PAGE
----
‘I shouldn’t have to live in a s***hole’: Moulin Rouge dancer slams West End wages, saying they’re ‘laughably less’ than Broadway – despite average ticket price now being £140
- Jason Leigh Winter, 34, who’s currently starring in Moulin Rouge at London’s Piccadilly Theatre, tweeted that many performers have to have ‘multiple jobs’
- He said: ‘ I shouldn’t have to live in a s***hole or a flat share at 34 years old.’
- The average cost of top-price West End tickets reached £140.85 this year – an increase of 21.3 per cent since 2019.
- Read more: People can’t believe what 45-year-olds looked like in the 90s as photo of Steve Martin and Diane Keaton in Father of the Bride goes viral
Ensemble performers in the West End have criticised the capital’s theatres over low wages, saying they’re ‘badly paid’.
Current Moulin Rouge performer Jason Leigh Winter posted on Twitter that he was disheartened at the prospect of ‘living in a s***hole’ despite being on a full-time contract with the hit West End show.
He wrote: ‘Is it just that theatre is SO badly paid in London? How are we genuinely supposed to live when the price of EVERYTHING is increasing so much but not our rate of pay to match it? I shouldn’t have to live in a s***hole or a flat share at 34 years old.’
He added: ‘People shouldn’t have to be looking for multiple jobs on top of a full time show contract.’
The average cost of top-price West End tickets reached £140.85 this year – an increase of 21.3 per cent since 2019.
Scroll down for video
Jason Leigh Winter, 34, who’s currently starring in Moulin Rouge at London’s Piccadilly Theatre, tweeted that many performers have to have ‘multiple jobs’ (Pictured: Winter with fellow cast member Honey Joseph)
The actor is currently playing the Dance Captain at London’s Piccadilly Theatre, in the show based on Baz Luhrmann’s 2001 film.
Winter saw his tweet spark a deluge of responses from similarly frustrated performers, with many saying New York’s theatre district, Broadway, treats artists more fairly when it comes to pay.
MailOnline has contacted Equity, the trade union for the performing arts and entertainment industry in the UK, for comment.
@KimNicky responded: ‘I’ve never understood why London theatre pay especially in the west end wasn’t similar to pay rates on Broadway.’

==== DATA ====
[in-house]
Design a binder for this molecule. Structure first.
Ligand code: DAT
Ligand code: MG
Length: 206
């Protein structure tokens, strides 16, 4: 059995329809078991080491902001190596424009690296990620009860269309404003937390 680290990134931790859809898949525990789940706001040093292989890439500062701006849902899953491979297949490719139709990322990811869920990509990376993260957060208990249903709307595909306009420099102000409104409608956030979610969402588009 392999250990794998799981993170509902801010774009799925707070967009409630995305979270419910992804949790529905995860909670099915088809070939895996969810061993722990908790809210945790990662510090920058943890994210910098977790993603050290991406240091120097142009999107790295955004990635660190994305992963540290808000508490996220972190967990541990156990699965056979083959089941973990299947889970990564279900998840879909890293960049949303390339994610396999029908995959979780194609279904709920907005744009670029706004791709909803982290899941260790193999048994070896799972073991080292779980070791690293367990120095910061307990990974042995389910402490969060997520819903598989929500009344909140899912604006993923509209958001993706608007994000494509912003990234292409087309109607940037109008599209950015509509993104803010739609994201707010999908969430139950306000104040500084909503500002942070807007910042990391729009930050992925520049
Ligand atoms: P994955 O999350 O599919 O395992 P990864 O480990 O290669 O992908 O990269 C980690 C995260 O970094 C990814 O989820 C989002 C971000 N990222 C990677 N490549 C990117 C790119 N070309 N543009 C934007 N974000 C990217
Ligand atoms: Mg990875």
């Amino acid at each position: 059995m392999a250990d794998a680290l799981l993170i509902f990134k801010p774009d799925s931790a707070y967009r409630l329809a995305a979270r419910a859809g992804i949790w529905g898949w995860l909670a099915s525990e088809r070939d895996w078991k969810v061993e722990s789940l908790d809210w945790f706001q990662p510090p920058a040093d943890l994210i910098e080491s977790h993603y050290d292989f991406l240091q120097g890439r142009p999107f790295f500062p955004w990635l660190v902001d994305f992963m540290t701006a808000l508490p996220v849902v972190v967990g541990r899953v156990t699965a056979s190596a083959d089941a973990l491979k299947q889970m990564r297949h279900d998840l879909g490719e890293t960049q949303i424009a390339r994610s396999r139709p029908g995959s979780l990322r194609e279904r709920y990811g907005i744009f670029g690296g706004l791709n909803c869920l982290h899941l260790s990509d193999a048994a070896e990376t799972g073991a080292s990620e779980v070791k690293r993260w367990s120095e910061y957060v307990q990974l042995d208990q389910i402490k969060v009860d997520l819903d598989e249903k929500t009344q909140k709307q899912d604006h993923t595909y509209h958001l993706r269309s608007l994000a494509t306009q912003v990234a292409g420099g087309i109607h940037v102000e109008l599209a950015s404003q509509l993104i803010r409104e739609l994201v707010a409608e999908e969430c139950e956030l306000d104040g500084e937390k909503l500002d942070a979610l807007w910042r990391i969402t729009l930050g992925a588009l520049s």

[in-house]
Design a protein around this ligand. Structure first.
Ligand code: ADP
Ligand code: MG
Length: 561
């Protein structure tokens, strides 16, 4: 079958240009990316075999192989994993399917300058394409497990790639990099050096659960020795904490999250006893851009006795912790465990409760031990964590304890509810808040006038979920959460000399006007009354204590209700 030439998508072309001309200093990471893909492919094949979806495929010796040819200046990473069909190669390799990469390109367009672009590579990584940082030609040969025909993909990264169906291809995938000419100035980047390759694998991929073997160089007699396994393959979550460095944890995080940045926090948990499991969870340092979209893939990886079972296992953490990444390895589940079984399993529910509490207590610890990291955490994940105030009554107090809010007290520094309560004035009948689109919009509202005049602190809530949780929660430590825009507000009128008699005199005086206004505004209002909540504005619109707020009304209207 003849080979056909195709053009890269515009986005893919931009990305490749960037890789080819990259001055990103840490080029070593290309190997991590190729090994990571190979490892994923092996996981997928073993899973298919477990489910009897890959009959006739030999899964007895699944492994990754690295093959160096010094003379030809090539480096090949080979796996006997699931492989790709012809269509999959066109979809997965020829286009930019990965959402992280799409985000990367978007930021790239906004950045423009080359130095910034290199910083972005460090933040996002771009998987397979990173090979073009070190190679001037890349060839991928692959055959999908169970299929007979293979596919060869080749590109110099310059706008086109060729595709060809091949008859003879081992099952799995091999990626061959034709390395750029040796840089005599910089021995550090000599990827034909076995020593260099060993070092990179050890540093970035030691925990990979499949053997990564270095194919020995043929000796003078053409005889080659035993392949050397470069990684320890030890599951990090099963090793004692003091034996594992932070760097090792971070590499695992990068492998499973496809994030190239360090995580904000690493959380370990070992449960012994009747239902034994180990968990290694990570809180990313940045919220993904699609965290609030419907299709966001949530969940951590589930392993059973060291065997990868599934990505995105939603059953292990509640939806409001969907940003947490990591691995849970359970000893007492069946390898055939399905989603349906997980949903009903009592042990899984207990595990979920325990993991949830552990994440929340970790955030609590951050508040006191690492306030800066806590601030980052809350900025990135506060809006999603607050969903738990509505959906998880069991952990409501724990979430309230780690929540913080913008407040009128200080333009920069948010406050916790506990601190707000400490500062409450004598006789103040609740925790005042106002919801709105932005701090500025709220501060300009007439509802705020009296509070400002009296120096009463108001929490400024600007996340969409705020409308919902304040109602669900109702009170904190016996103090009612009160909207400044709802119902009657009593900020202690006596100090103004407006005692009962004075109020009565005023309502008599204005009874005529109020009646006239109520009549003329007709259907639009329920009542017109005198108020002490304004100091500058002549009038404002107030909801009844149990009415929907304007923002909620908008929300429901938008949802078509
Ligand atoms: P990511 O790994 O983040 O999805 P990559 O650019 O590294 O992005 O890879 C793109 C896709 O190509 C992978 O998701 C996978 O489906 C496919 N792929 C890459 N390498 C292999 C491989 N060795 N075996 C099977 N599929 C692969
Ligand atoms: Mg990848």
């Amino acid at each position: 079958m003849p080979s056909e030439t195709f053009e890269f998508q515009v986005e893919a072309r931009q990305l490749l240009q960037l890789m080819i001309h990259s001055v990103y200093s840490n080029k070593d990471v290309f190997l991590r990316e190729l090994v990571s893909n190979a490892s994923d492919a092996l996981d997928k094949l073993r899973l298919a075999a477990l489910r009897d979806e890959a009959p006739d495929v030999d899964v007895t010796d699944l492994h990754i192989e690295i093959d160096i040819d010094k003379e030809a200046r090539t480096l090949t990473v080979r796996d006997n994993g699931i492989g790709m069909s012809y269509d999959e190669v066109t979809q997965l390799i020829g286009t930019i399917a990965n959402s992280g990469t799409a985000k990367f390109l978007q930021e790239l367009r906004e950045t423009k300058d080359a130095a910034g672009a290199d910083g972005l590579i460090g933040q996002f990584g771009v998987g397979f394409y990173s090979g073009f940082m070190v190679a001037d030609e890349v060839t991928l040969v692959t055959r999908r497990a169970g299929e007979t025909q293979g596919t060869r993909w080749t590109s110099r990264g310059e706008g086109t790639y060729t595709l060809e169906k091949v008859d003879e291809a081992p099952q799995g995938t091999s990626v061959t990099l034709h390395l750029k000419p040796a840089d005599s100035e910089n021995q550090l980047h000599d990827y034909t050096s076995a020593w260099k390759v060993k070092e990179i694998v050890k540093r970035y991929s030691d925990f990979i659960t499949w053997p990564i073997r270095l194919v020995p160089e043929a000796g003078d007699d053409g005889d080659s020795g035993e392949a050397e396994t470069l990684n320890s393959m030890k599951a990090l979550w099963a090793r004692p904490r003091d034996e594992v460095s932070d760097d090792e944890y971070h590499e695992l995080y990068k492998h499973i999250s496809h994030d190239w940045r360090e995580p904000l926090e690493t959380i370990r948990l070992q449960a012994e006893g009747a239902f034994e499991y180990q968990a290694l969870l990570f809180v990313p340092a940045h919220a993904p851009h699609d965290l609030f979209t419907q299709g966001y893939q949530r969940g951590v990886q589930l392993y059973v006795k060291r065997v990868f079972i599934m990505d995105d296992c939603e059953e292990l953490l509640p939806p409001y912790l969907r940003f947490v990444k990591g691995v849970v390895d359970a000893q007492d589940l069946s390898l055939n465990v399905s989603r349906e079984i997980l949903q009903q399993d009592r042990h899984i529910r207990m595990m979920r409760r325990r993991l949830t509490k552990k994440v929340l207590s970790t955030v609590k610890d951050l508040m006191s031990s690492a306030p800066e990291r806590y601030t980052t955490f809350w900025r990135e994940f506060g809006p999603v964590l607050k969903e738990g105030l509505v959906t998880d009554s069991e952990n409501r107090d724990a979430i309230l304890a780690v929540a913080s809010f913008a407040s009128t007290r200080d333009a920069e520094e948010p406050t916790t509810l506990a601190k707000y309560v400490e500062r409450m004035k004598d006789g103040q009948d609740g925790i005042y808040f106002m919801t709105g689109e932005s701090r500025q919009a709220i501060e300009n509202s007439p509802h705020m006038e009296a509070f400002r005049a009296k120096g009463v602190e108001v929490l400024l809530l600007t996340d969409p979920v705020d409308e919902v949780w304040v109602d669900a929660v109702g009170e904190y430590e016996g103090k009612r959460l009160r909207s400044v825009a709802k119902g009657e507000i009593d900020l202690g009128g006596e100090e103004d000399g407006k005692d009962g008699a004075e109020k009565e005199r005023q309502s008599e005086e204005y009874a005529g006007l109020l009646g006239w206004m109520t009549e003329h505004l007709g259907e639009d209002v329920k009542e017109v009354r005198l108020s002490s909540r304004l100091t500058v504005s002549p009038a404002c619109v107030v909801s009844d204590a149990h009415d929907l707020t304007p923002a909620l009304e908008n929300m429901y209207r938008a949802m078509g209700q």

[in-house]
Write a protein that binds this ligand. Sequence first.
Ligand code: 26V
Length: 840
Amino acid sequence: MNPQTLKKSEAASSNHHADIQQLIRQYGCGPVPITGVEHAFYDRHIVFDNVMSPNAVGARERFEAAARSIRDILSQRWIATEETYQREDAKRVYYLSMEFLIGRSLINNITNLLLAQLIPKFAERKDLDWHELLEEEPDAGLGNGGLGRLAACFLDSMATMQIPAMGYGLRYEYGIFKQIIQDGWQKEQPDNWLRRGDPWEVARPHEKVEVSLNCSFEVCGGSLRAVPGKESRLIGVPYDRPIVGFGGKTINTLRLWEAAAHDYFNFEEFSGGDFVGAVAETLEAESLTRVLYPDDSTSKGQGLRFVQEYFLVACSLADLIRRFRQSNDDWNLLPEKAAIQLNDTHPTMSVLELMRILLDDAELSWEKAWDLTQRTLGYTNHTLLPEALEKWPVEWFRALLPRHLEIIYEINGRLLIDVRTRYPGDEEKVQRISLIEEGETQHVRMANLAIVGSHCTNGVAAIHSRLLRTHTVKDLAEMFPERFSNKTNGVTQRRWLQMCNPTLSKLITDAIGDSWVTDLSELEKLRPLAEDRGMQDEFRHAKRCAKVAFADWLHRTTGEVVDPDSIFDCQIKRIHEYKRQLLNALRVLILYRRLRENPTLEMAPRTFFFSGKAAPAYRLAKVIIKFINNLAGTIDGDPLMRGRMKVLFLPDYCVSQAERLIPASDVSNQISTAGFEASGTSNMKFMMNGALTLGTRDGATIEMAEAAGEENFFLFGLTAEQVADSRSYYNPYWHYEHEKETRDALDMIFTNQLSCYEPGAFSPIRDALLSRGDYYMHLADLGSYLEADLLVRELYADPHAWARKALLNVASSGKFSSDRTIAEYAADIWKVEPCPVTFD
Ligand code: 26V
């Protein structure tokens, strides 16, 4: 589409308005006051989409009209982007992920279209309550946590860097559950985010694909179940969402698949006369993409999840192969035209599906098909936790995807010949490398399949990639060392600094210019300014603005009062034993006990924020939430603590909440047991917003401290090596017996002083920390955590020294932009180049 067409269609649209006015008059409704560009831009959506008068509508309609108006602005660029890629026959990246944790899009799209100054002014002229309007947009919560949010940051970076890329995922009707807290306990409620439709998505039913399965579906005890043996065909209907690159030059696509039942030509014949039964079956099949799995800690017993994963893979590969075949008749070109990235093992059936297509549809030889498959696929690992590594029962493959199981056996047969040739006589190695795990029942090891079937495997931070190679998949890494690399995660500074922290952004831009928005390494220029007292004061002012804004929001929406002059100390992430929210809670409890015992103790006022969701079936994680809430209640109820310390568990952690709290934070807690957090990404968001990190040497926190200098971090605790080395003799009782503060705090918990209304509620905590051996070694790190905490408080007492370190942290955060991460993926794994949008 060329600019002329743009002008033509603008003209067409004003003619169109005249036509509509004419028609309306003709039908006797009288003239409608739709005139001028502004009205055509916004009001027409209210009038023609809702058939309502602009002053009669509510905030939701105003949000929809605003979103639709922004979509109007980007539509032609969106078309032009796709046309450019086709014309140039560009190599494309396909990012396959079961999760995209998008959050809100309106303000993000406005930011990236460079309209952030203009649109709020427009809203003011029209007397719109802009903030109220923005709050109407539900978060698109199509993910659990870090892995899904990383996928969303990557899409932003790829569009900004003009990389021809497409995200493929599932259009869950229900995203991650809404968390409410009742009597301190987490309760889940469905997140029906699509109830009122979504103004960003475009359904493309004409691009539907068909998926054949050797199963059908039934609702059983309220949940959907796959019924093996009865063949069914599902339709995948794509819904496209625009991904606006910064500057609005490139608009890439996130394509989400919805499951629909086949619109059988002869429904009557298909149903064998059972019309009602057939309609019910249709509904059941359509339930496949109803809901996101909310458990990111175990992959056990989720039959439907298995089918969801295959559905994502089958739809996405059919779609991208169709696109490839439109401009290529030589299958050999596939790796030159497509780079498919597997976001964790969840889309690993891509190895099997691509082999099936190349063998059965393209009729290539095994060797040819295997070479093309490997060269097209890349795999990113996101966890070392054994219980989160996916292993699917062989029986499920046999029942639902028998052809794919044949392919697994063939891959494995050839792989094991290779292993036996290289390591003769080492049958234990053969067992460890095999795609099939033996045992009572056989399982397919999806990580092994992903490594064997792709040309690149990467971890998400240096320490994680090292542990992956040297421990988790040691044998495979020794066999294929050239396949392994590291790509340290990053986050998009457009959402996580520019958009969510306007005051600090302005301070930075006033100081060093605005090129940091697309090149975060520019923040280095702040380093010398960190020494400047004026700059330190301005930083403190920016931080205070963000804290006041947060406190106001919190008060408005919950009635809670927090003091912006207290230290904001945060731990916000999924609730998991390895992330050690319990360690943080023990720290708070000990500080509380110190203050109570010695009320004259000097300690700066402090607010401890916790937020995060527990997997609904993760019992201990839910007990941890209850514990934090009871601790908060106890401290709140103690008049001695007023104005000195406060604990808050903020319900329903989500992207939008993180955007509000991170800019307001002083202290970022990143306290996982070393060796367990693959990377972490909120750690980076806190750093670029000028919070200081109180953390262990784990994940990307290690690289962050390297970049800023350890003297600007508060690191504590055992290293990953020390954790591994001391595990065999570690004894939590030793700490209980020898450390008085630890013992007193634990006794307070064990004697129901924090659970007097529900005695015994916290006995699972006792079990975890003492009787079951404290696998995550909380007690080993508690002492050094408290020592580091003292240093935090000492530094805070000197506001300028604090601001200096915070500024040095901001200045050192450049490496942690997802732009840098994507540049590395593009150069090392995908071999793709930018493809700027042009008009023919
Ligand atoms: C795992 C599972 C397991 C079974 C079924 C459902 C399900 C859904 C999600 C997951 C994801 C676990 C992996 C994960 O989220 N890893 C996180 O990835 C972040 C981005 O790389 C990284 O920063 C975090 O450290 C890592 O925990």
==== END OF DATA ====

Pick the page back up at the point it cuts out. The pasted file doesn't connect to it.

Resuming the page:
Winter replied: ‘It’s not even close! Like laughably less.’
Winter, pictured centre in Moulin Rouge, said poor wages for London’s theatre workers meant many people could only afford to flat share, despite being in their profession for a long time
Another actor said they’d turned down a role at a top theatre because the wages weren’t high enough.
@sambmackay said: ‘Had to turn down a return to the westend at a bucket list location recently for this reason.
‘Love live theatre immensely but it’s just hard to justify dropping other work avenues for 8 show weeks on low wages when accounting for paying to live and travel in London. Sad really.’
@sam_toland also pointed out that many performers pay agents from their wages, writing: ‘Let’s not forget that most other professions don’t immediately lose 12.5% (plus VAT so realistically more like 15%) of their earnings to agent commission every week. I know on paper it’s possible to function in this industry without an agent, but those that manage it are rare.
It was revealed in June last year that the average cost of the most expensive West End tickets has rocketed by a fifth as theatres recoup losses after they were forced to close during the pandemic.
The musical Cabaret topped the charts for the most expensive top-price tickets – with audiences having to fork out more than £300.
2022 also saw the highest number of top-price seats in commercial theatres priced at more than £100, according to the annual ticketing survey by The Stage trade journal.
The average cost of the most expensive West End tickets has rocketed by a fifth post-pandemic. Cabaret, which won seven Olivier awards last year including best actor and best actress in a musical for Eddie Redmayne and Jessie Buckley (pictured), was the most expensive musical
Seats reaching the record- breaking price were found in 28 theatres, accounting for 80 per cent of the productions in commercial theatres.
New productions have driven the rise in prices – the top-price tickets for long-running plays actually fell over the same period.
Top tickets at Wicked fell by £58, while those for Hamilton and The Book Of Mormon fell by £50.
The top ticket prices are influenced ‘by a very small number of high-profile shows’ and ‘fluctuate year on year,’ a Society of London Theatre spokesman said.
In May last year, audiences condemned ticket prices for Cock, which was not included in the survey, after seats went on sale for £400, plus £60 in processing fees.
Producers for the play starring Bridgerton’s Jonathan Bailey defended the astronomical prices, citing ‘supply and demand’ for the play’s 13-week limited run.
In 2022, West End plays saw a steeper rise in prices than musicals, with the most expensive ticket increasing up to 40% compared with 3.5% for musicals
West End plays saw a steeper rise in prices than musicals, with the most expensive ticket increasing by up to 40 per cent compared with 3.5 per cent for musicals. To Kill A Mockingbird at the Gielgud Theatre had the most expensive top-price play ticket at £199.50.
Cabaret, which won seven Olivier awards this year including best actor and best actress in a musical for Eddie Redmayne and Jessie Buckley, was the most expensive musical, with top seats coming in at £303.80.
The cheapest tickets have seen a comparatively low increase of 3.3 per cent since 2019 – the average is now £22.56, up from £21.84. Dear Evan Hansen offered the best deal in the West End, with the cheapest ticket, a restricted-view seat, coming in at £7.50.
The survey was based on 50 theatre spaces eligible for main-category Olivier Awards for their top and bottom price tickets on the evening of June 25.
Source: Read Full Article